The Rhythm of a Book

27 Jan
Milton Glaser book

I recently found inspiration in a book “Milton Glaser: Drawing is Thinking”.  The book, published in 2005, is chock full of drawings, sketches and paintings.  Glaser’s two earlier books are helpful to students and cover more of the thinking process while this book flows more like a musical experience without the explanations.  Glaser describes designing the book to be a non-descriptive experience.  He wants the viewer to experience a sort of meditation that leads the mind to action.

Interestingly enough, he explains in an interview that the reader who tries to read this book in a traditional sense will be disappointed.

The ten page interview in the beginning of the book is very inspiring. I encourage you to take the time to read it before diving into the art part of the book.

I was amazed at the volume and variety of his art.  The way the book has been laid out is absorbing.  He pairs sketches with more complete works, sometimes grouping colors, sometimes shapes or themes.  It’s an intriguing concept that I would probably enjoy trying out in a zine format.

If you have read this book, be sure to comment here and share your experience.



Staying Creative Despite Challenges

5 Jan
three figures, watercolor after Serge Hollerbach
Three Figures, Watercolor after Serge Hollerbach, Katie Turner.

I was inspired when reading about Serge Hollerbach, an artist from Manhattan who lost his vision but was determined to keep painting. 

Serge Hollerback (1923-2021) was born in Russia, studied Fine Art in West Germany.  As a child he was encouraged by his parents and his uncle to develop his artistic talents.  He was able to view art as a youth at the Hermitage Museum in Leningrad until the war.  The Nazi’s attacked Russia, he was sent to a refugee camp in Germany to work as Laborer.  After the war, an opportunity came for him to continue his art studies in the US. He moved to New York City in 1951 and began a career as a professional artist.  He began teaching and doing workshops.  He felt it was the instructor’s job to find out the student’s strengths and guide them to their potential.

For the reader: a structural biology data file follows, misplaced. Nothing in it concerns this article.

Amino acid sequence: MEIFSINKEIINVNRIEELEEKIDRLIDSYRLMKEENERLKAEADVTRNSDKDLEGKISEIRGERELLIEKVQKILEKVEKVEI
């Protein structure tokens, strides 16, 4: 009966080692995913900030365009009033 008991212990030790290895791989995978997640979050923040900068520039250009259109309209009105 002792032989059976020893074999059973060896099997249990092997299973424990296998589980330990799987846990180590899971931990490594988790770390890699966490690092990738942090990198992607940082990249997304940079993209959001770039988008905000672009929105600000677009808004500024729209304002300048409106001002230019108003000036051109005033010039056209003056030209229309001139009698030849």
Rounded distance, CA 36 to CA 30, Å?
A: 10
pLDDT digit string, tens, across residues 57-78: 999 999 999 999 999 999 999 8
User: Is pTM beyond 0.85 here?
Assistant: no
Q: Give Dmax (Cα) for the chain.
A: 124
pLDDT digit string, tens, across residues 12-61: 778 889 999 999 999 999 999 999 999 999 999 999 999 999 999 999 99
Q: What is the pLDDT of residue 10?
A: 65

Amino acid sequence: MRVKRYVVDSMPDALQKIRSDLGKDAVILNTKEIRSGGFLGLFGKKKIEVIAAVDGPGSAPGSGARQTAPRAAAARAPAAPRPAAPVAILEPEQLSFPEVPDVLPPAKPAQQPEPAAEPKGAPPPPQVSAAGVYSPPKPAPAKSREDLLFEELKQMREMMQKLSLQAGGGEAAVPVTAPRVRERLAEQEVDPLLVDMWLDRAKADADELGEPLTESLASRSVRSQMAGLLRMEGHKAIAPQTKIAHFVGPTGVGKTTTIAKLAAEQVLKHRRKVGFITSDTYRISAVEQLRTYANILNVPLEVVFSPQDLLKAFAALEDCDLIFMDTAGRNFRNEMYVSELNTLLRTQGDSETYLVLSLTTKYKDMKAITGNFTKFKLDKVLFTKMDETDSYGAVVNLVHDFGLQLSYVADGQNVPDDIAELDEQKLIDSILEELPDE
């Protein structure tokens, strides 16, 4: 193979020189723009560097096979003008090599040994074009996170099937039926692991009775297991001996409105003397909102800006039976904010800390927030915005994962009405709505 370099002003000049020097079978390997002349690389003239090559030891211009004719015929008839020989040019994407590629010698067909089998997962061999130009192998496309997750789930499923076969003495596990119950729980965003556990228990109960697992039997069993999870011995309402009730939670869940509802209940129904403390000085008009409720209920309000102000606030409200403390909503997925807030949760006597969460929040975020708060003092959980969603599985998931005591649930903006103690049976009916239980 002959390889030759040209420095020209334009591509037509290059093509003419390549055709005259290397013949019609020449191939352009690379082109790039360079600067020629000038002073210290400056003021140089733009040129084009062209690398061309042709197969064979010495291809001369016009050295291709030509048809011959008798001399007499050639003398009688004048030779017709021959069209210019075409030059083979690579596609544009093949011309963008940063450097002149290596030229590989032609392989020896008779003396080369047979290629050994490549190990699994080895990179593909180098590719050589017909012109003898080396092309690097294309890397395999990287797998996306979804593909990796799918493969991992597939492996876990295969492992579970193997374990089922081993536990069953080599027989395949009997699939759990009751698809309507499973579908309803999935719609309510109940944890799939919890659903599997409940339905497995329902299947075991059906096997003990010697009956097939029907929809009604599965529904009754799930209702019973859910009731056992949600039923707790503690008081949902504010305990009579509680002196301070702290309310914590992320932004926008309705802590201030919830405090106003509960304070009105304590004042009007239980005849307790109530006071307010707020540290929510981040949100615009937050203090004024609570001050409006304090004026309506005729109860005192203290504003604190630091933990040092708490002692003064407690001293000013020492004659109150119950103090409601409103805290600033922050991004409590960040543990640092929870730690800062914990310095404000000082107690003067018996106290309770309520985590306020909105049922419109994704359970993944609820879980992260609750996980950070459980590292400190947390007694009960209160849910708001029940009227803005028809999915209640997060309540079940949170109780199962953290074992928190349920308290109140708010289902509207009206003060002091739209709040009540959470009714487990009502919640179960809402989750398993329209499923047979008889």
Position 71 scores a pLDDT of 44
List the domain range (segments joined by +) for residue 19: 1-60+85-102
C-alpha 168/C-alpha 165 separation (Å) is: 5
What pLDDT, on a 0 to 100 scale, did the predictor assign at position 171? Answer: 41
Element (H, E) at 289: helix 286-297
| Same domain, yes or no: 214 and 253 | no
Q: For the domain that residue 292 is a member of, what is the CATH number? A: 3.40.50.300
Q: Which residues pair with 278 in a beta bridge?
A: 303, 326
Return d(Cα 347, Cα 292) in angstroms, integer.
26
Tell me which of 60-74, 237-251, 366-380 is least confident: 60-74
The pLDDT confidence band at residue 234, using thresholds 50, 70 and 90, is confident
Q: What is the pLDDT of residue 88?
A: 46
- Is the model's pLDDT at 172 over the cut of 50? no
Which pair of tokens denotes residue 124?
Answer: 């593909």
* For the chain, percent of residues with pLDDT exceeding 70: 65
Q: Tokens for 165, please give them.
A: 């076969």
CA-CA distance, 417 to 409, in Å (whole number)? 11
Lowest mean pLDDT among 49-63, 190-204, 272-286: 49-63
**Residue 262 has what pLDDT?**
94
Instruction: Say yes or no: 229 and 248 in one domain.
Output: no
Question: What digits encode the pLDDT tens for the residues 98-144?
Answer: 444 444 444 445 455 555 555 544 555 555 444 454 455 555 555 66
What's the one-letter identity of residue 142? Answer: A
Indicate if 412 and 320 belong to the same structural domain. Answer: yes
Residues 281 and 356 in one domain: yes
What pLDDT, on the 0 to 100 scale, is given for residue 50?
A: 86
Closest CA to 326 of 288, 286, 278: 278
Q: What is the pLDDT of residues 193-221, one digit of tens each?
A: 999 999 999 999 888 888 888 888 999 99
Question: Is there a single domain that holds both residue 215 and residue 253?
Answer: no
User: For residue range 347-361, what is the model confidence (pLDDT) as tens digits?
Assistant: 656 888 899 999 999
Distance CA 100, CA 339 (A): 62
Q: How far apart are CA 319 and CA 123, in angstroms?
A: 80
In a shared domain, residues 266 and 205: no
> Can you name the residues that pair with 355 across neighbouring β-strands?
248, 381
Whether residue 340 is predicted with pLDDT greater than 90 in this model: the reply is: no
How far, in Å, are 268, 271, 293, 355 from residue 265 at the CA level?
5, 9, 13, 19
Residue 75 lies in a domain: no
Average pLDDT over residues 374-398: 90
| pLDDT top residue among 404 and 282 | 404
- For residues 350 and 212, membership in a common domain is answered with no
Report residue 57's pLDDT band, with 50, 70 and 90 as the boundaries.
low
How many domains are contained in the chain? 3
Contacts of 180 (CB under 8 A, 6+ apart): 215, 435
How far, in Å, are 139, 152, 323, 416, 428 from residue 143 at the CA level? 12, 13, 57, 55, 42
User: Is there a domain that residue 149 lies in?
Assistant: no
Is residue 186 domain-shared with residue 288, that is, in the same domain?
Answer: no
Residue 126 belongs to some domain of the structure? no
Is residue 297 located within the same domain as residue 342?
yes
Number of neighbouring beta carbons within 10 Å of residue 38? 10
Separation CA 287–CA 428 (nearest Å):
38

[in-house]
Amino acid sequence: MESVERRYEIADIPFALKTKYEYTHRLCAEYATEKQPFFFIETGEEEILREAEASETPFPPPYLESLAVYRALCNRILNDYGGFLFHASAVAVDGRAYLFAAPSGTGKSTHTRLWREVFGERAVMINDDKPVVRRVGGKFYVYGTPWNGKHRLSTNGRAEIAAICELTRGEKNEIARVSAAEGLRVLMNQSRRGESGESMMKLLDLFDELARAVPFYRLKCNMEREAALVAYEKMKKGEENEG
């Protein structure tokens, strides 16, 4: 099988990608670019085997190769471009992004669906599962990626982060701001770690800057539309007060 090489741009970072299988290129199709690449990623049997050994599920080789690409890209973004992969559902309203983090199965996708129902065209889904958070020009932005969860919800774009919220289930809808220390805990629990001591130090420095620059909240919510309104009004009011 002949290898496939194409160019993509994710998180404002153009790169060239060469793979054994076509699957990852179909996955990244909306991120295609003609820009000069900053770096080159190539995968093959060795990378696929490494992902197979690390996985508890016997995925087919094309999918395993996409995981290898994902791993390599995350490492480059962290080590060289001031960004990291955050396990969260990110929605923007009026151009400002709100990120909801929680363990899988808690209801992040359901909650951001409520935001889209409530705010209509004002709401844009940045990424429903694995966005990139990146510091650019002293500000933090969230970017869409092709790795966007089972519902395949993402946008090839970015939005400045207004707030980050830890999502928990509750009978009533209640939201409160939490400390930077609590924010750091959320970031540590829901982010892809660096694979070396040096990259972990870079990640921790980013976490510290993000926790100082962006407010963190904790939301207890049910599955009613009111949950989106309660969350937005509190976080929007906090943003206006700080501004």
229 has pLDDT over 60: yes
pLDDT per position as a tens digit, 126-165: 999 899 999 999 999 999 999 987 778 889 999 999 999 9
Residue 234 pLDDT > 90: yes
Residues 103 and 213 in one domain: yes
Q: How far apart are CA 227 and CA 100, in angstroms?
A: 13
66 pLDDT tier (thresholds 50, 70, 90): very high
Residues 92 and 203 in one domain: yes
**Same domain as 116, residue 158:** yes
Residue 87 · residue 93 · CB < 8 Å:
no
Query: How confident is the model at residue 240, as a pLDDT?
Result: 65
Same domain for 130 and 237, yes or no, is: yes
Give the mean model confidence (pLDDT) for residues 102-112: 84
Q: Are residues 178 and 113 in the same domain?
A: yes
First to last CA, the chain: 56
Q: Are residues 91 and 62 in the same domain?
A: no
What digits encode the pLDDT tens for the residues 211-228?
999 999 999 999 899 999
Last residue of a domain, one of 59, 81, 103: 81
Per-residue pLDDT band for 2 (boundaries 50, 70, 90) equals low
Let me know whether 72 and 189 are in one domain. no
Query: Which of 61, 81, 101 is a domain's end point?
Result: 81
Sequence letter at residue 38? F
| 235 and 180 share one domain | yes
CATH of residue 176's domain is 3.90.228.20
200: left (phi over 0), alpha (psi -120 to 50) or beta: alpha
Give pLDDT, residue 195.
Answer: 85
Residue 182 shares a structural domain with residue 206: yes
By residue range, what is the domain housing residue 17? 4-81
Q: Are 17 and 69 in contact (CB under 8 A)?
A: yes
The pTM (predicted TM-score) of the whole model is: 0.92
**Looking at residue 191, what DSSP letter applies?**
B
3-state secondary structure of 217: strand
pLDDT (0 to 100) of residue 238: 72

Hollerbach started to lose his vision to macular degeneration in 1994 and continued to paint right through his vision loss.  His work shifted from realism to more abstract, defining shapes in a loose way, while shifting to brighter colors.  He felt not being able to see well had freed him from details – so he could concentrate on shapes, expression and be more daring with his painting.

When discussing how his later paintings changed, he said, “There is such a thing as a second childhood.  To be playful, you have nothing to lose.  Nothing to lose is a kind of new freedom.”

His later works are wonderful and his optimism was refreshing.  He has several articles and books published in the 80’s that you can find available online.